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I have an "enum" declared like so:

var PlaceType = {
        PASSABLE_TERRAIN: 1,
        IMPASSABLE_TERRAIN: 0,
        SOMEWHAT_PASSABLE_TERRAIN: 2,
        PATH: 3
    };

and a function declared like this:

setPlaceType(placeType) {
        this.clear = false;
        this.placeType = placeType;

        alert("before switch "+(PlaceType.SOMEWHAT_PASSABLE_TERRAIN==this.placeType));
        switch(this.placeType) {
        case PlaceType.PASSABLE_TERRAIN: {
            alert("Case PASSABLE");
            break;
        }
        case PlaceType.IMPASSABLE_TERRAIN: {
            alert("Case IMPASSABLE");
            break;
        }
        case PlaceType.SOMEWHAT_PASSABLE_TERRAIN: {
            alert("Case SOMEWHAT_PASSABLE");
            break;
        }
        case PlaceType.PATH: {
            alert("Case PATH");
            break;
        }
        default: {
            alert("case default");
        }
        }
    }

if I call it like this:

setPlaceType(1);

I get the following alerts: "before switch true", "case default"

if I call it like this:

setPlaceType(2);

I get the following alerts: "before switch false", "case default"

In other words, the function is called with the proper argument, which, when doing (what it seems to me to be) the same comparison as the switch but via "==" I get correct behavior, but the switch never matches the values to the appropriate case. Does anybody know why?

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1  
It works for me: jsfiddle.net/Y2KEn are you certain you are passing an int? –  scrappedcola Oct 8 '12 at 14:25
1  
Have you run this through a debugger to see what Javascript thinks about the runtime type of the comparison values in the Case blocks (or the inbound value, for that matter)? Just wondering if its a subtle coercion problem? (Shot in the dark) –  David W Oct 8 '12 at 14:25
1  
Any chance you're calling this from an HTML page and passing in the value property of a input text box? That would surely send a string... –  David W Oct 8 '12 at 14:28

4 Answers 4

up vote 4 down vote accepted

The comparison operator will cast both operands to strings if either operator is a string. If you pass in a string, you are comparing string == number which will cast the number to a string and, in the case of passing the string '2', it will be true.

switch case comparison uses the identity operator === and will fail if the operands are not the same type.

long story short, make sure you are always passing a number if your cases are comparing against numbers, you can double check like this:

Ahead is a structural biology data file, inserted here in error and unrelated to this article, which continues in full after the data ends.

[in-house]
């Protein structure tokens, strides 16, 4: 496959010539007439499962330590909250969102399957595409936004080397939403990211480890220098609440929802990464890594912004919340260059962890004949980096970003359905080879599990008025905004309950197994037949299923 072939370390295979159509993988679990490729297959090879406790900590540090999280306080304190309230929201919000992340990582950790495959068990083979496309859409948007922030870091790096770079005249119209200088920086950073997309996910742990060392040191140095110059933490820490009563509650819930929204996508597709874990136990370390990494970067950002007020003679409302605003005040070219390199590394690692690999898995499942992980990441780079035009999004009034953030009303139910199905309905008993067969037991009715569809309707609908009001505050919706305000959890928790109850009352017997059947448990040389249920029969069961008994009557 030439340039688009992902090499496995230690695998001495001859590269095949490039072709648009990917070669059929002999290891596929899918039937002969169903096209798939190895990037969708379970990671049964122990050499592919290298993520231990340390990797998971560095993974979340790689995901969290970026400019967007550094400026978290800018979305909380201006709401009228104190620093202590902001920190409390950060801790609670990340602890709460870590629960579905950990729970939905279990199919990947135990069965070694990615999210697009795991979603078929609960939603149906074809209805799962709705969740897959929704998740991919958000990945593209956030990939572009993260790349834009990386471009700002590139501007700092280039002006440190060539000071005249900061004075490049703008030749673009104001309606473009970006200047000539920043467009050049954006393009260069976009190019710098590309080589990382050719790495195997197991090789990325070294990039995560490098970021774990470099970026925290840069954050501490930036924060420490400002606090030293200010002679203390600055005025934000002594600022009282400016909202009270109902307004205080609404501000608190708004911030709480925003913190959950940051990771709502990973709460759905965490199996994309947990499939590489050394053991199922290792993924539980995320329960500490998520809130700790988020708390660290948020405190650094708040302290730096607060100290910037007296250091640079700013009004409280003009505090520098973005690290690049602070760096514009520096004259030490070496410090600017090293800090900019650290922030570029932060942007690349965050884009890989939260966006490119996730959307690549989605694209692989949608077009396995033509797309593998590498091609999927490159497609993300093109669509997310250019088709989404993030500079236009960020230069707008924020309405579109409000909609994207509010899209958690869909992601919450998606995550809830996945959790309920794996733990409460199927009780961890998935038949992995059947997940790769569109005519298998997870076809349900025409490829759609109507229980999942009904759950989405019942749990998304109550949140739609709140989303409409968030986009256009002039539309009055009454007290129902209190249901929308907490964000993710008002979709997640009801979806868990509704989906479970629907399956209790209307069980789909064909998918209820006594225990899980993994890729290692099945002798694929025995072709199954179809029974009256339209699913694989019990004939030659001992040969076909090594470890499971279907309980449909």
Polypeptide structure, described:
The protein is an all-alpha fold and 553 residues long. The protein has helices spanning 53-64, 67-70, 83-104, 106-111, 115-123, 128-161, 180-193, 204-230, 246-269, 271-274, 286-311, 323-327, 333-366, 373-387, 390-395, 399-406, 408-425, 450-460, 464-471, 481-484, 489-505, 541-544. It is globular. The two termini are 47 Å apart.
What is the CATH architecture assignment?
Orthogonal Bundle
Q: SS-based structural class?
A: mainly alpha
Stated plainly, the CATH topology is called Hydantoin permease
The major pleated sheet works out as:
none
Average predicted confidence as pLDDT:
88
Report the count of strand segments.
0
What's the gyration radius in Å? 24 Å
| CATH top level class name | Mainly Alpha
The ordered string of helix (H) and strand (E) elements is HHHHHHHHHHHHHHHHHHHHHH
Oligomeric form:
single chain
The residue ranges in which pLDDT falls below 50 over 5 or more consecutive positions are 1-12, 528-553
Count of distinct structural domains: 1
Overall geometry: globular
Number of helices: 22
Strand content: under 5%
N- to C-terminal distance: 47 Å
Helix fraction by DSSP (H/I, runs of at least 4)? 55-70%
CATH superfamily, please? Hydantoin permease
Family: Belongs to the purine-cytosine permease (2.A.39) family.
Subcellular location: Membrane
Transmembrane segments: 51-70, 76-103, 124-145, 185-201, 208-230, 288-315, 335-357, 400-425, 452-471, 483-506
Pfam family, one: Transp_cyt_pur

setPlaceType(placeType) {
    if (typeof placeType !== 'number') {
        throw new Error('You must pass a number to setPlaceType!');
    }
    ...
}

also, you should be calling your function like this:

setPlaceType(PlaceType.PASSABLE_TERRAIN);

otherwise there's not really any point to using the "enumeration" (i use that term loosely) object.

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I can be wrong but I think that in javascript, the type coercion always try to cast both types in number except if they are the same type; not in string. Please read this good article: javascriptweblog.wordpress.com/2011/02/07/… –  Samuel Feb 13 '13 at 23:36

Refering to this => Switch-Case for strings in Javascript not working as expected

Switch do a ===, while if do a ==.

Hope this help! have a nice day

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The matching case is determined using the === identity operator, not the == equality operator. The expressions must match without any type conversion. It would fail if you are passing in a string and not an integer.

setPlaceType(1);  //"Case PASSABLE"
setPlaceType("1");  //"case default"

Example running your code with the above lines: jsFiddle

So if you are saying it is failing, you are probably comparing a string to a number. Use parseInt.

this.placeType = parseint(placeType,10);
share|improve this answer
    
Thank you, that was it. However the fact that the "==" check passes but the switch check does not is really counter intuitive. I understand now that the switch actually makes a "===" check, but still. –  Shivan Dragon Oct 8 '12 at 14:31
    
well, yes, 'cause it also explains about the "==" and "===", and I think it will be more helpful to some other mega noob like me if/when he/she stumbles over this question. –  Shivan Dragon Oct 8 '12 at 14:37

When you are doing the comparison using == js is using type-coercion to cast the 2 operands to an intermediate type, string in this case, and thus compare them successfully.

So to get the effect to work with your switch statement, you will need to cast as such

this.placeType = parseint(placeType);

What you also got to learn here is that it is not really an ideal practice to compare 2 values in javascript using the == operator, instead use the === operator which also checks for the types to be the same. So in your case,

alert("before switch "+(PlaceType.SOMEWHAT_PASSABLE_TERRAIN==this.placeType));

would have failed if you would have used === as you are comparing an int and string

Working demo here: http://jsfiddle.net/pratik136/ATx8c/

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